Sangbad entered the school and found to be lost. The new faces of students, teachers, and staffs made him felt to cry. But, Didi says, boys don’t cry. So, he felt he should scream aloud. He holds his step and looked back. The gate was few pace back. He decided to turn around in intention to run to his Didi who might be still waiting for him; if not him, then for her bus.
“Are you not Sangbad…” a heavy female voice jerked him back to the unacquainted crowd.
It was the voice of Mrs. Sushmita Sen, the Head Mistress of Silver Star School. She was a woman in his late thirties with a compressed skin color and a tall strong stature. The most striking features of her were two—her voice which was female-baritone and her eyes—sharp and pacific all the time, but, once she got agitated or angry the eyes were the most fearful feature of her that used to get highlighted sending a chill down the spine.
Sangbad looked at her with aloof teary eyes. He couldn’t reply due to choking in his voice.
“You’ll get adjust soon…now, don’t cry…boys don’t cry…” she said.
She was standing at the small landing near the gate. There was a door behind her. The door leads to the classes.
As, it was said, Silver Star was a year old. So, at that time the class used to get held at one side of the first floor of the building. The classes that were operative during that time was four to ten. The side that the door leads to was divided by plywood partition to segment two big rooms into four and thus serving spaces for four classes—four to eight. The remaining classes were held at two separated mid-sized rooms on the other side of this side.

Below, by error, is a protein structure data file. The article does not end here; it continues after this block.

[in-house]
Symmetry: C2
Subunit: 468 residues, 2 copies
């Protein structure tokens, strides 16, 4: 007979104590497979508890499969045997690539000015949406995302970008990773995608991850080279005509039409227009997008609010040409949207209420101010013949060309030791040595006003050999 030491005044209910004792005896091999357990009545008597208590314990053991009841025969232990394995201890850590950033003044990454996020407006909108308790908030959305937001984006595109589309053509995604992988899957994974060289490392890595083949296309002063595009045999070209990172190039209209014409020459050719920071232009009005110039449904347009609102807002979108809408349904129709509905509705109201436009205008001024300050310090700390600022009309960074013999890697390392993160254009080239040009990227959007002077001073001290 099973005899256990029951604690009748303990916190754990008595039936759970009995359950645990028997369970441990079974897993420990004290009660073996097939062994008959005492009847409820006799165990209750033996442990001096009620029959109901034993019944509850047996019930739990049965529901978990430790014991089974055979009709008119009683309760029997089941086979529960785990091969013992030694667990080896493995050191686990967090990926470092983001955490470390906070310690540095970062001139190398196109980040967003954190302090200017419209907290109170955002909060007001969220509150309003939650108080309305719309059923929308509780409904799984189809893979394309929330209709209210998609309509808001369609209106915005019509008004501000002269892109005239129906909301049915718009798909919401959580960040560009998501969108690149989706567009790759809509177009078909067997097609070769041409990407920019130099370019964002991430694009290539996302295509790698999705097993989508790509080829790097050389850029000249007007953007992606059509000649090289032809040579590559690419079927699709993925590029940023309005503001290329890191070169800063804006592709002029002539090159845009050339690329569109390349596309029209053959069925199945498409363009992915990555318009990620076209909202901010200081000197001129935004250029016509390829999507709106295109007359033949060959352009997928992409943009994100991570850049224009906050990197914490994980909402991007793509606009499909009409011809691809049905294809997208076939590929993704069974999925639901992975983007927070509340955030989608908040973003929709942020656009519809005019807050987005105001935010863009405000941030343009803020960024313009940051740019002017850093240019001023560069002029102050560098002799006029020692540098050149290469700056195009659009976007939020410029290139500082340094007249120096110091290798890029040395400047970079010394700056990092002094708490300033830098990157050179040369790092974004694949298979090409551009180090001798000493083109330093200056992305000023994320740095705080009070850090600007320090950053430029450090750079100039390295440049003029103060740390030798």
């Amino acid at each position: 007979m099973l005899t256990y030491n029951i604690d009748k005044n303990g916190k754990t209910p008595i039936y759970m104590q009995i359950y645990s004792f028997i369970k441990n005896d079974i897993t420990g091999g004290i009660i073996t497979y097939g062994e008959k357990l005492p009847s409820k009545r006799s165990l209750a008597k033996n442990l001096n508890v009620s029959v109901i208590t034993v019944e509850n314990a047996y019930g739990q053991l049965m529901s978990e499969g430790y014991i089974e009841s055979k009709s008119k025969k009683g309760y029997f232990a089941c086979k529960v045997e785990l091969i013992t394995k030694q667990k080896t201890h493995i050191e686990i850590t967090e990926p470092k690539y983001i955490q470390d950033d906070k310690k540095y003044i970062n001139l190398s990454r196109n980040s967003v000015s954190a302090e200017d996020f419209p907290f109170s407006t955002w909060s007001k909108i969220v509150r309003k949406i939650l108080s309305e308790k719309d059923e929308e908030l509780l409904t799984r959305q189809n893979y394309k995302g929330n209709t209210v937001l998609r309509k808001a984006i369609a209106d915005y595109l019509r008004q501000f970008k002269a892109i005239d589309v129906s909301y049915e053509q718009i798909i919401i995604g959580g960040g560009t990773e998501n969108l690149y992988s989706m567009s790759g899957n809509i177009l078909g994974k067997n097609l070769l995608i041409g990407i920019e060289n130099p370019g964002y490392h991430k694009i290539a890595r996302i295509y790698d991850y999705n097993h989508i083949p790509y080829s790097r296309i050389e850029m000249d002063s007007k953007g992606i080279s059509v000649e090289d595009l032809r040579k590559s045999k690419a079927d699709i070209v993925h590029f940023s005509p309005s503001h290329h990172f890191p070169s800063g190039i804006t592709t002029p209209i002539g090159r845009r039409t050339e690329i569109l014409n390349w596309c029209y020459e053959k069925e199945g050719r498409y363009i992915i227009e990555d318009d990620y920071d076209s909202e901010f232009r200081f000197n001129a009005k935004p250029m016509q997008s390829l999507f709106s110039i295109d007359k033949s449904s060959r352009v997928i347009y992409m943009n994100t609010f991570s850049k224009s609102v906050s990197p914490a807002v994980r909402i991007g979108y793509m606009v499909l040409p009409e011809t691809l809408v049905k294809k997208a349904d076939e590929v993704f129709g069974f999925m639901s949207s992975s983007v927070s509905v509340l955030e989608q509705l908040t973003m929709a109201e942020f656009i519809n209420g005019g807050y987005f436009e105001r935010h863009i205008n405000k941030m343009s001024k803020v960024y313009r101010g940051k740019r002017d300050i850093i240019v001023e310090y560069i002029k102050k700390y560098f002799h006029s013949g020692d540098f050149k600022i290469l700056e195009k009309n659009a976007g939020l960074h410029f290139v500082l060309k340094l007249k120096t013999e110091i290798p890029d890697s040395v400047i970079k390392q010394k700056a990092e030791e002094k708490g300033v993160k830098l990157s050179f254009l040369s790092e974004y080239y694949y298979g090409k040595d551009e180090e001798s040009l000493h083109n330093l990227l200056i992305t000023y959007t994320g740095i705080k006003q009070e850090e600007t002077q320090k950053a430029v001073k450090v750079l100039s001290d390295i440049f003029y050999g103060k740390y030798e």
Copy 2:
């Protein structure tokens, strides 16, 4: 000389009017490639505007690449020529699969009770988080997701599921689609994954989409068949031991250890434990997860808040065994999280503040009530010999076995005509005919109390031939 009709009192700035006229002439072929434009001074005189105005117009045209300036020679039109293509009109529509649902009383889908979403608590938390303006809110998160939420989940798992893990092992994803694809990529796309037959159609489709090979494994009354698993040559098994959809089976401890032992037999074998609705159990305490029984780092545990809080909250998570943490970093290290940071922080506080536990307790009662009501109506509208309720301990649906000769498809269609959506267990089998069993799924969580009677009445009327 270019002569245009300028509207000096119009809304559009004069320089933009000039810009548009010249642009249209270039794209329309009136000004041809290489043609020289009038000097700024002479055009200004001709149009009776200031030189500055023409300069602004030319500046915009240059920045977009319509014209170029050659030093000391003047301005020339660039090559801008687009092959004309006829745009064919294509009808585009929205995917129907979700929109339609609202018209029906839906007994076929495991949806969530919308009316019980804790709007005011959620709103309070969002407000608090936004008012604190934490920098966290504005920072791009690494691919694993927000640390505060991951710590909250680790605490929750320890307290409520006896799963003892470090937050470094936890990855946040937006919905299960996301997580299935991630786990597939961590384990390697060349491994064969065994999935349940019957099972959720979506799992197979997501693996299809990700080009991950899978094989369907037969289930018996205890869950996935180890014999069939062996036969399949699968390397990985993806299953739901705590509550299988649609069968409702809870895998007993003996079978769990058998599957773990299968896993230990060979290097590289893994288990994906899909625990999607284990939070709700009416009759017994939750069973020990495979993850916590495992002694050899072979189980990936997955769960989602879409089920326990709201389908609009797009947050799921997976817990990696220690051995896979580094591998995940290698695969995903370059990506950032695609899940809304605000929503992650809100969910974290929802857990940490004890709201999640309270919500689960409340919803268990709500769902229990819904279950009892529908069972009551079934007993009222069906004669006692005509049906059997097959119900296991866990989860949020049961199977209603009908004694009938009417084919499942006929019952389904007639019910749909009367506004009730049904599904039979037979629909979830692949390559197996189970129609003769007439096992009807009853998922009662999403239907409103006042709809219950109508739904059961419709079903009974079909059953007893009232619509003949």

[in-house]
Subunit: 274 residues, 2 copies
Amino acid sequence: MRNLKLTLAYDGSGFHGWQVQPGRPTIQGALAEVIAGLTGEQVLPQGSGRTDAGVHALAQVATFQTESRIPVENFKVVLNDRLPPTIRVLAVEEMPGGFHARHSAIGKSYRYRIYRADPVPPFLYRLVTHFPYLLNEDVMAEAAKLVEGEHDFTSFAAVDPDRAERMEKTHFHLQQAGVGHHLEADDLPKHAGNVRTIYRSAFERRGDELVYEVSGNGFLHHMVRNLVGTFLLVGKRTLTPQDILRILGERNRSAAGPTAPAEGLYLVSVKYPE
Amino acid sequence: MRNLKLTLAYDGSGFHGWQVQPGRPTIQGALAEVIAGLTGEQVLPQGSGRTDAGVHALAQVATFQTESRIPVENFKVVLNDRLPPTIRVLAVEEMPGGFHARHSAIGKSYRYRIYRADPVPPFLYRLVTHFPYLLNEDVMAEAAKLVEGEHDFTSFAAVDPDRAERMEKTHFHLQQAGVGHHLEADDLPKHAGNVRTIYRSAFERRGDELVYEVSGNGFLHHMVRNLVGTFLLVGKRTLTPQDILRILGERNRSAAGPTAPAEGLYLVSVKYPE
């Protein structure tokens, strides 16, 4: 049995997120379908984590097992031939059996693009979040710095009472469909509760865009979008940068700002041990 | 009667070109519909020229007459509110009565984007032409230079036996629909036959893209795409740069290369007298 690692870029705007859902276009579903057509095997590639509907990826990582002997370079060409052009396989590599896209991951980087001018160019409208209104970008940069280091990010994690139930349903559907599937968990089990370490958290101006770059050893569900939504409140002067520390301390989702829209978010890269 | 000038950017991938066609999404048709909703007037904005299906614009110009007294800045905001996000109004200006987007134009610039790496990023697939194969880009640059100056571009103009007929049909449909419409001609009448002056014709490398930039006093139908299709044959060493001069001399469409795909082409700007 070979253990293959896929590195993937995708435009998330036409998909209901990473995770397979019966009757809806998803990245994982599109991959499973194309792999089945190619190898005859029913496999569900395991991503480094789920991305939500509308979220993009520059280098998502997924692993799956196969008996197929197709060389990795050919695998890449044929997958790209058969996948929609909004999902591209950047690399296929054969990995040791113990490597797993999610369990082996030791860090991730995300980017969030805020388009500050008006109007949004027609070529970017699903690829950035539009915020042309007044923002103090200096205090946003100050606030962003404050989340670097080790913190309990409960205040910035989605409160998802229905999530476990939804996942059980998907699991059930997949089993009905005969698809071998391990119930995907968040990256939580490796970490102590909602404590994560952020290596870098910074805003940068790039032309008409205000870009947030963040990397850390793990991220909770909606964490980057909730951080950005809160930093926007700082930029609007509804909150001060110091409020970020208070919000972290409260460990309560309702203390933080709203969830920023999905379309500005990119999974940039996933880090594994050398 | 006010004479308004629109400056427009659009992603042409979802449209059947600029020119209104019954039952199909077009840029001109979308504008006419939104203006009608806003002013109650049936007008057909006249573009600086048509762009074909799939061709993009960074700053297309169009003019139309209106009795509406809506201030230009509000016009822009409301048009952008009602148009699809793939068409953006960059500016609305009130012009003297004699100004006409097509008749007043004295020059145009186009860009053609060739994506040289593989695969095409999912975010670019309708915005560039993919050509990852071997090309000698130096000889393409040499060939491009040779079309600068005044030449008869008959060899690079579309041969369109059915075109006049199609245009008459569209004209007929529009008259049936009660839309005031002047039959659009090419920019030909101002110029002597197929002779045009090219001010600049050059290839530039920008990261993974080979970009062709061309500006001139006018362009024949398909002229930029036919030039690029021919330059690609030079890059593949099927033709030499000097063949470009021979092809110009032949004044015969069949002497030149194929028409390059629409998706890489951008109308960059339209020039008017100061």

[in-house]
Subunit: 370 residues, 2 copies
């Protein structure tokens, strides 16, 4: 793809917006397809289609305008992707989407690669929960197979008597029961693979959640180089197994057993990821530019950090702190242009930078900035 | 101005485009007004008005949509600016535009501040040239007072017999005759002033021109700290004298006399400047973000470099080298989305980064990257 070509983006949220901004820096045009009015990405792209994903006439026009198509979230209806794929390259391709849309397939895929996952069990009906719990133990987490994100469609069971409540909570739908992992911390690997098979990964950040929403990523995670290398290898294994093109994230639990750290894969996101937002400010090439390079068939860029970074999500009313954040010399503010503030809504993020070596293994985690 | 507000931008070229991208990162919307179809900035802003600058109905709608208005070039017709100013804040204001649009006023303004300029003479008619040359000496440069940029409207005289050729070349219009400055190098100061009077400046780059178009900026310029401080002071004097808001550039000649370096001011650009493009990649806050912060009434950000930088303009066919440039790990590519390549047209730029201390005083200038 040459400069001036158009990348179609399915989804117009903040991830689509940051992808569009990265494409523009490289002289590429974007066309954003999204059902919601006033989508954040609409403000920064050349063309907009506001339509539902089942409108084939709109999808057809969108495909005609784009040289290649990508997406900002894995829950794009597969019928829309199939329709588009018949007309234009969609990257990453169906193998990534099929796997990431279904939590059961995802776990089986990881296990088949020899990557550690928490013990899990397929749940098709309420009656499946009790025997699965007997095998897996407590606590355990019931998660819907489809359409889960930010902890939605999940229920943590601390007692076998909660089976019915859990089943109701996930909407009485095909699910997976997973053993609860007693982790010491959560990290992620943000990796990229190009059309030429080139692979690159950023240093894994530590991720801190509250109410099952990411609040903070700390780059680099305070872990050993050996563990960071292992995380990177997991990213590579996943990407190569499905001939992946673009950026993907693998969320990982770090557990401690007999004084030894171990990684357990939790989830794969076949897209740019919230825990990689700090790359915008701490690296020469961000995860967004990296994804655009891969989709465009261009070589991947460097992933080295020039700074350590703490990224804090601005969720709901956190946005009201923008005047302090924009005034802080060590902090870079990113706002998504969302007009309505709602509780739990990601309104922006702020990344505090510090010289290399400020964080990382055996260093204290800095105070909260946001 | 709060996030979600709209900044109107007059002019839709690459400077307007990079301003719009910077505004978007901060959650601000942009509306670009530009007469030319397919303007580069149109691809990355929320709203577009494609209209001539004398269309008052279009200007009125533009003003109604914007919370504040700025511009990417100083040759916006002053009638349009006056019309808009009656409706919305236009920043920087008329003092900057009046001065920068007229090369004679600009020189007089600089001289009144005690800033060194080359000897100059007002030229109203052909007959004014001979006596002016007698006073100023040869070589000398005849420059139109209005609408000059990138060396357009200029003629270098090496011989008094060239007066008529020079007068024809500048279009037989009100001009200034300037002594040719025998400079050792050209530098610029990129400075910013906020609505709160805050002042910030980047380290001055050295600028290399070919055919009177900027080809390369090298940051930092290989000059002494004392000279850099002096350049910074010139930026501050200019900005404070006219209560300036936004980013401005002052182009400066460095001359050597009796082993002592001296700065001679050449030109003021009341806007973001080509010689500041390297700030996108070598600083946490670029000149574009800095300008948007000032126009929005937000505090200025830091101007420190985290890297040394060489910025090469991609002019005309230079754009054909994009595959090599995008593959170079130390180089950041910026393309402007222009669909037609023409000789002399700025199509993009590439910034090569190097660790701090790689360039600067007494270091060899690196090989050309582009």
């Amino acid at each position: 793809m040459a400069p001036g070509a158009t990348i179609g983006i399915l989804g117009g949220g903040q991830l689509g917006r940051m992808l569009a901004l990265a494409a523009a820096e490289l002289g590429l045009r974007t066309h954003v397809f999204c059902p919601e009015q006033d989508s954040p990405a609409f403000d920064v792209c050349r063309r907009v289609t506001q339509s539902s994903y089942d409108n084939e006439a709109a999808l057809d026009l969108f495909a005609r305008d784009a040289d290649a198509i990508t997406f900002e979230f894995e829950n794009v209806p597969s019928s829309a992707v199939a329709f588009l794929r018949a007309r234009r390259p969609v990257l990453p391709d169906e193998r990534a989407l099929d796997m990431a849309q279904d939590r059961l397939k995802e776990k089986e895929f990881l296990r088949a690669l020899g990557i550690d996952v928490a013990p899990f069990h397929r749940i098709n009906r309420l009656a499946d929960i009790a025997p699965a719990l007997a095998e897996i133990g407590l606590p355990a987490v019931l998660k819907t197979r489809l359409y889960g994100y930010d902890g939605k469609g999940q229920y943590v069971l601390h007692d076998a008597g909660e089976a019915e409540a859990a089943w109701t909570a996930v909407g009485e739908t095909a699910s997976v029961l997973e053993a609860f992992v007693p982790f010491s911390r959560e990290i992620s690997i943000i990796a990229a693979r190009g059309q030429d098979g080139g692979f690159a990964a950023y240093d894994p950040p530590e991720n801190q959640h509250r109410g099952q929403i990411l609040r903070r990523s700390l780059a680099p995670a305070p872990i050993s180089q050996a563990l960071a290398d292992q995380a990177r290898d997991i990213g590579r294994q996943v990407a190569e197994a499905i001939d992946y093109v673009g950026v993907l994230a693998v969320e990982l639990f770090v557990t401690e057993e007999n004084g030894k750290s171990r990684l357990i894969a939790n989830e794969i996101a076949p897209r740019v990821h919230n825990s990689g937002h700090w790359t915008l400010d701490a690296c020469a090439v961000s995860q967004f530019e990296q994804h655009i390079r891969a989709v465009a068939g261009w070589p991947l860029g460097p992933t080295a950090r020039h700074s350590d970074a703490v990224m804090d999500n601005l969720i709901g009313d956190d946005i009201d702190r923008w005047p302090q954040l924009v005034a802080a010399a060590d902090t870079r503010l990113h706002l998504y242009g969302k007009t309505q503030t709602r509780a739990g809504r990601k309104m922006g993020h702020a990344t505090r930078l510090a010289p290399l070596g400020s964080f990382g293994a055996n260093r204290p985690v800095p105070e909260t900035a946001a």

The right side of the landing leads to another portion which was closed and not in used. The left side was a sort of courtyard with a wide cemented pathway leading to another building—another extended separated portion of the mill which was there. Between the two brother-building, there was a small field.
Sangbad looked around once more and took a little step towards Mrs. Sen. He had to peak his head to look at the face of the headmistress.
“Dipanwita, take him to his class…which class are you in…” she asked leaning down a little. She had a photographic memory. The reason for the asking was to ease the shaken Sangbad.
Sangbad looked at the teacher whom Mrs. Sen had beckoned. He found she was a fat and short height lady with a serious face and she wore a spectacle—a golden round frame as his mother wore.
“Class Five…” was his replied as he was scared by the new teacher. She is a very angry woman you know…he heard s’one saying him from inside his head.
“Okay…come quickly…the prayer will start in a minute…Sushmitadi is we going to start the prayer at 10 or later… ” she had a narrow shrill voice, unmatched to her heavy body.
Mrs. Sen looked at her wristwatch and said “it’s almost 10…let’s wait for five minutes more…and that’ll continue for this week only…’til we all get accustomed to this morning routine…now take him…there’re two more new admissions…they haven’t come yet…sent Ratnadi… I need to visit the field to see e’thing is going accordingly…”
Dipanwita replied in monotone and turned around silently saying follow me now.
They enter the big room. Few students were still there—putting down their bags and drinking water—lazily and slowly. As they saw Dipanwita a shade of being frightened passed on their faces. See, I say you, she is a very angry Auntie, Sangbad heard the voice again. She took him on the other side of the plywood wall. It was at one corner of the big room.
Sangbad saw there were two windows and a door. It was smaller than a class of his last school. He felt sick at the stomach. He looked around. The walls were damped one like the walls of the big room of his home with various abstract shape etching out different shapes similar to that of continents and countries in the Atlas.
He also smelled a strong pungent smell. He recognizes the odor. It was of burnishing, Samir Kaku had said after he asked of the odor that had filled their workshop a few days back after an order of windows grills was dispatched.
“Hurry up…the prayer will start soon…” Dipanwita said in a mellowed voice with a smile on her pouted lips.
Sangbad put down his bag in the first bench as it was empty with one bag at one side. He took a sip from his water bottle and ran beyond Dipanwita as she was walking first towards the field through another room.
Why she doesn’t take this door…a flash of thought passed Sangbad’s mind as he followed the angry Aunty to the field.